Most recently, Sobeck oversaw the National Marine Fisheries Service as assistant administrator at the Department of Commerce. Prior to that, she held high-ranking deputy administrator positions at the Department of the Interior, and at the Department of Justice she was deputy assistant attorney general for environment and natural resources.

Water Deeply recently talked to Sobeck about her new job as head of California’s top water regulatory agency.

Water Deeply: Why did you want this job?

Eileen Sobeck: For me, it’s been sort of a natural progression. I’m from California, but I was really interested in public policy after I graduated law school. So I headed out to D.C. The whole time I was in D.C., I was one of those people who thought I would be there for just a few years, and a few years turned into a couple of decades. I always wanted to come back to California. So when my federal job came to an end in January, it just seemed like the right time to come back. I was still interested in public policy and the natural resources and environment field, and California is still doing big, important things. So it seemed perfect.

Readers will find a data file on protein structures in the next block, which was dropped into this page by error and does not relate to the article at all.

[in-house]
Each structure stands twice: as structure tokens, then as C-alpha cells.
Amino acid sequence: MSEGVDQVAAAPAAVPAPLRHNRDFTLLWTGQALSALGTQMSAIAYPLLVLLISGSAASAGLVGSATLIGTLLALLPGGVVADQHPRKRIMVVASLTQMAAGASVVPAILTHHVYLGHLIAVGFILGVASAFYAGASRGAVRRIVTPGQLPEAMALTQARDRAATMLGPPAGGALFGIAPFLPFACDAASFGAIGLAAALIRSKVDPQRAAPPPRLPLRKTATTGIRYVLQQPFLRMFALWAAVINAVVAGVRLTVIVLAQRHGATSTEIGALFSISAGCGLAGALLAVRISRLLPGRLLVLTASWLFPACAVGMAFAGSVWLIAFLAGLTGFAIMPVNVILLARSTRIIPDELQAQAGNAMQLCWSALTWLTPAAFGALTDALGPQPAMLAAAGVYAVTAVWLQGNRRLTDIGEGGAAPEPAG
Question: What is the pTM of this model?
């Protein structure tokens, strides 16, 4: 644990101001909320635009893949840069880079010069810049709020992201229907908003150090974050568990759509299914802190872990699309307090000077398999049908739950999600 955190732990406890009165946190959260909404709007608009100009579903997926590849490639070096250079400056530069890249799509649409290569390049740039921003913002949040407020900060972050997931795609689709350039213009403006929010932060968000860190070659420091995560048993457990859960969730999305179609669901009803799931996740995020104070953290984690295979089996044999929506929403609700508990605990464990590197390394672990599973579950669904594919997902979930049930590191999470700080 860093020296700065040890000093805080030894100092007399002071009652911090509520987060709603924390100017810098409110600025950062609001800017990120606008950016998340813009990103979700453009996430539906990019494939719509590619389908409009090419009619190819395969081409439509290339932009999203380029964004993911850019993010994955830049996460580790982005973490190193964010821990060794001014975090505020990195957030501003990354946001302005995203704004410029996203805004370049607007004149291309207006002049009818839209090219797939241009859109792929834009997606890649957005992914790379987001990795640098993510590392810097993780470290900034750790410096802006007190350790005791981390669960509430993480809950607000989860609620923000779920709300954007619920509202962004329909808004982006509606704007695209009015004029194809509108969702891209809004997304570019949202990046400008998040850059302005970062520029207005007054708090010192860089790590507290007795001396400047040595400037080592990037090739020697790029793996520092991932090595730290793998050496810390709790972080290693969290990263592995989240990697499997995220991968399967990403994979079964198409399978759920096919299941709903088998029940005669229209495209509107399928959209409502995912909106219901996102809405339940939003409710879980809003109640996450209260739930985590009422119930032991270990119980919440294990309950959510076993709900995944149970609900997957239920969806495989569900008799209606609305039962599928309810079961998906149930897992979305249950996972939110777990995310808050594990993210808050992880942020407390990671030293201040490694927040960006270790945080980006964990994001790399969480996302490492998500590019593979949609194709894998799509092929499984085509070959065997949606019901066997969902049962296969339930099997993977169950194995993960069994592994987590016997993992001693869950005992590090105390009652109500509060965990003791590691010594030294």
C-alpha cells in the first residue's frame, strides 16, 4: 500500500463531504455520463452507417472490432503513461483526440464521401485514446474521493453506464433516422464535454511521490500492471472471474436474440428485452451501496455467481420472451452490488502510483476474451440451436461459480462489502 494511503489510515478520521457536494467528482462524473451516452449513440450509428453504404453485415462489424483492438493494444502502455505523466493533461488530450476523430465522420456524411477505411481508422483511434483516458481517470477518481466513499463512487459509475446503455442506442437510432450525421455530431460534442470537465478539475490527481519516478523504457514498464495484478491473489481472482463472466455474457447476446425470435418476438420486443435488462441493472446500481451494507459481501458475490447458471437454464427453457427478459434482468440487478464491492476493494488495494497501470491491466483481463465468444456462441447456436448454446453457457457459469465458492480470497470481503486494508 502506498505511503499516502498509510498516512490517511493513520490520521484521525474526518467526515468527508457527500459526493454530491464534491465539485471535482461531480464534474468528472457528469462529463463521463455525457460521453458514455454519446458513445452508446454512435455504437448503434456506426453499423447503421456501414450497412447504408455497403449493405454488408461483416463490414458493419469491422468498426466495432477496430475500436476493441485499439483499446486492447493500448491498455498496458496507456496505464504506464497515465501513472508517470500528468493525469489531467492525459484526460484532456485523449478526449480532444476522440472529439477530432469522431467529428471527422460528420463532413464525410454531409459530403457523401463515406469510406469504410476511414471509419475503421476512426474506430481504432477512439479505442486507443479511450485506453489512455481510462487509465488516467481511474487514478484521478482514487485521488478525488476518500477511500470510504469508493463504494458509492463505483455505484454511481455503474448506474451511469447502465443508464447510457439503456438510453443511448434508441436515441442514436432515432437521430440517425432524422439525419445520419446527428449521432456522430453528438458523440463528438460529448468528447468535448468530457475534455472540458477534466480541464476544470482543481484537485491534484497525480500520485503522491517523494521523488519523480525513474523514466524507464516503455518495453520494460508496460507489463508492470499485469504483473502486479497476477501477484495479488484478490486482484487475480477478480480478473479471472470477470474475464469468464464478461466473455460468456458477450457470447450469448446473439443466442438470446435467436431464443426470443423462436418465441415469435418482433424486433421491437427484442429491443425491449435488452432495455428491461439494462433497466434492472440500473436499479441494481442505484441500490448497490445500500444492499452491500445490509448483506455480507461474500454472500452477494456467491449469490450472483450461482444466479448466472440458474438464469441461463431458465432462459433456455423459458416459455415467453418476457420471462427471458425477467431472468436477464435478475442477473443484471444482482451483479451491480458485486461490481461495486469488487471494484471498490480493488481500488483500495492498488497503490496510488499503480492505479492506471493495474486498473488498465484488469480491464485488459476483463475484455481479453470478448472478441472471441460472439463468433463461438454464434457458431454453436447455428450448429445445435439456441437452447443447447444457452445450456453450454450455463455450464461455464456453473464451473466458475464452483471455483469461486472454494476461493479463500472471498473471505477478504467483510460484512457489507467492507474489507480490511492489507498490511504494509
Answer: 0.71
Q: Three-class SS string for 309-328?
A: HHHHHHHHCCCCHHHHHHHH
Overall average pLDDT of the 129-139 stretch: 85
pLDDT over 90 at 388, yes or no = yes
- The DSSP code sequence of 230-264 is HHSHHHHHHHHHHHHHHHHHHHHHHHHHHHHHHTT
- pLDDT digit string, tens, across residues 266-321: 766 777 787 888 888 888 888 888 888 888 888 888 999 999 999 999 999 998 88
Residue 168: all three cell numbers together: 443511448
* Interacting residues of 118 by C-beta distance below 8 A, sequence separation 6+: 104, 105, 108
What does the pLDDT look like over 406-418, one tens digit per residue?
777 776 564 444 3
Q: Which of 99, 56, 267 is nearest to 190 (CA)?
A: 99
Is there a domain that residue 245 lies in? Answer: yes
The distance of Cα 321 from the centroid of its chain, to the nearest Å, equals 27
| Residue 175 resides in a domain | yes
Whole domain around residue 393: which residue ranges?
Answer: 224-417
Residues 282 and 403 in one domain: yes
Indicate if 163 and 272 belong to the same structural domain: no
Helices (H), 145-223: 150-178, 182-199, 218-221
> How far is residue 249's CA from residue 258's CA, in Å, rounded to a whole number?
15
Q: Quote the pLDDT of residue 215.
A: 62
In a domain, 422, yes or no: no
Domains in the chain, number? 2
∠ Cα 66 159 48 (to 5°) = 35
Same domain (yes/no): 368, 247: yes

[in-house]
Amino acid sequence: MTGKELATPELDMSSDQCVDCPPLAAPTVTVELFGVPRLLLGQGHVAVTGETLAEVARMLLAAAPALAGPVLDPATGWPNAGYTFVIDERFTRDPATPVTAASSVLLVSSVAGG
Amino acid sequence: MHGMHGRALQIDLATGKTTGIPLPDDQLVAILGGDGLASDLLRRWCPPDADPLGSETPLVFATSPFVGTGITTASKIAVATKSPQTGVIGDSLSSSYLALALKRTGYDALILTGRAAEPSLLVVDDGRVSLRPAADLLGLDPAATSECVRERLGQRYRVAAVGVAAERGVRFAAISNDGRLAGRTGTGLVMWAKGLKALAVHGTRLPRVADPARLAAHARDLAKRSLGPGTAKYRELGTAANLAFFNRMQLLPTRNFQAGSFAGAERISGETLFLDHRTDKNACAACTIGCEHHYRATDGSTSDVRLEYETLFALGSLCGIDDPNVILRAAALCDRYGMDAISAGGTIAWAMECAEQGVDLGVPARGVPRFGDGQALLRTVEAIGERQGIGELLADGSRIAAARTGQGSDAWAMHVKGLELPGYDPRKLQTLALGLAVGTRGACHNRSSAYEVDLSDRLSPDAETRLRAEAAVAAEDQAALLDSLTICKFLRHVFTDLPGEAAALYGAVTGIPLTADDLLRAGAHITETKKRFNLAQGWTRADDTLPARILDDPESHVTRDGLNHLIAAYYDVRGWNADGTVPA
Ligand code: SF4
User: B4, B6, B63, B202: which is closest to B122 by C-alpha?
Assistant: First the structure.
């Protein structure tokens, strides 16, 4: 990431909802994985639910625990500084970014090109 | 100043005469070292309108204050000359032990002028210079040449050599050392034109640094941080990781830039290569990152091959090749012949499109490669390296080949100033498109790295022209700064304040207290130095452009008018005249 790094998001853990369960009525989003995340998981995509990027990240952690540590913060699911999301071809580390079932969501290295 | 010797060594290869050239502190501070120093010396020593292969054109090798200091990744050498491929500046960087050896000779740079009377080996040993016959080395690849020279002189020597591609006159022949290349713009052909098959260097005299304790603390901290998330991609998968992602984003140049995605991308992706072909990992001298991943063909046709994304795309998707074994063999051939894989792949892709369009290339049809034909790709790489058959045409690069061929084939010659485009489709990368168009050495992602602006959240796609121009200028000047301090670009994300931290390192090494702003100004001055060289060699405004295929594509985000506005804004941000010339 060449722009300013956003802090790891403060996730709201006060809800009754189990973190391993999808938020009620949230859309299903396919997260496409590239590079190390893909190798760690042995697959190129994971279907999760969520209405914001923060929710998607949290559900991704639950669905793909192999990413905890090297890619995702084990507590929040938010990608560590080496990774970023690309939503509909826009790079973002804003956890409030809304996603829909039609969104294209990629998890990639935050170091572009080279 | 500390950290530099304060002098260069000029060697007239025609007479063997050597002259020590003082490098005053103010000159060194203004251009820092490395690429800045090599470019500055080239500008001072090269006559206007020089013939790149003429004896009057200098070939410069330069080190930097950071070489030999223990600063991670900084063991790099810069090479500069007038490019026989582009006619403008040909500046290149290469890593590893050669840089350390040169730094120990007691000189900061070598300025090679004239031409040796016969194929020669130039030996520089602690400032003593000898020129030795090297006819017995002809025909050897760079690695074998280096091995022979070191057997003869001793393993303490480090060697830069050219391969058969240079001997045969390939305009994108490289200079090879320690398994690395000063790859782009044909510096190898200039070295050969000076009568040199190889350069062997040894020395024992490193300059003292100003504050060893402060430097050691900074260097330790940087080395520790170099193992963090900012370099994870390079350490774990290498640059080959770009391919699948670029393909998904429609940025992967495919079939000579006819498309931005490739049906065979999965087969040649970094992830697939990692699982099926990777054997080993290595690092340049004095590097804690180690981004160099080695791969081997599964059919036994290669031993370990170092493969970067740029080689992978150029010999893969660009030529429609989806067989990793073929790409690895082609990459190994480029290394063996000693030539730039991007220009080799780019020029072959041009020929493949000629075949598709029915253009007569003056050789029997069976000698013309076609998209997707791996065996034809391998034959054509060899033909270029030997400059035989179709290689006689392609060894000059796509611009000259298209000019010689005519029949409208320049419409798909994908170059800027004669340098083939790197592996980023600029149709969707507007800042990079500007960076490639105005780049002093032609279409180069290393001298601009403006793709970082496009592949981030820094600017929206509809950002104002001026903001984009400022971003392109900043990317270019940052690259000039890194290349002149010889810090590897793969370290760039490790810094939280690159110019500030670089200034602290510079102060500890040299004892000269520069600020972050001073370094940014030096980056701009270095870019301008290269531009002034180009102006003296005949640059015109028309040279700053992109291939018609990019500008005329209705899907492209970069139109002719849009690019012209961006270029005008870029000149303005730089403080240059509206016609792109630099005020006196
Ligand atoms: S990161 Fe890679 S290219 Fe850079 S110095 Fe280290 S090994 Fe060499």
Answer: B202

Water Deeply: After many years in federal service, how do you view the present climate in Washington in regard to California water?

Sobeck: I actually think it just makes what we do here in California – and at the state level in every state – a lot more important. I don’t see a lot of positive progress being likely to come out of the federal level in the area of natural resources and environmental policy or leadership. So I think that’s got to come from states and, I think, especially big progressive states like California. People are going to be looking to our state and our state leaders for leadership on these issues. Whether it’s climate change or dealing with water scarcity – an area that’s common in a lot of western states – I think it just makes what we do at the state level even more important.

Water Deeply: You’ve spent much of your federal career working on fisheries issues. How will you apply that at the water board?

Sobeck: I’ve worked on fisheries issues off and on. I don’t see myself as being a fisheries expert per se. Obviously, in the last chapter of my career when I was head of the National Marine Fisheries Service, fish were back in the limelight for me.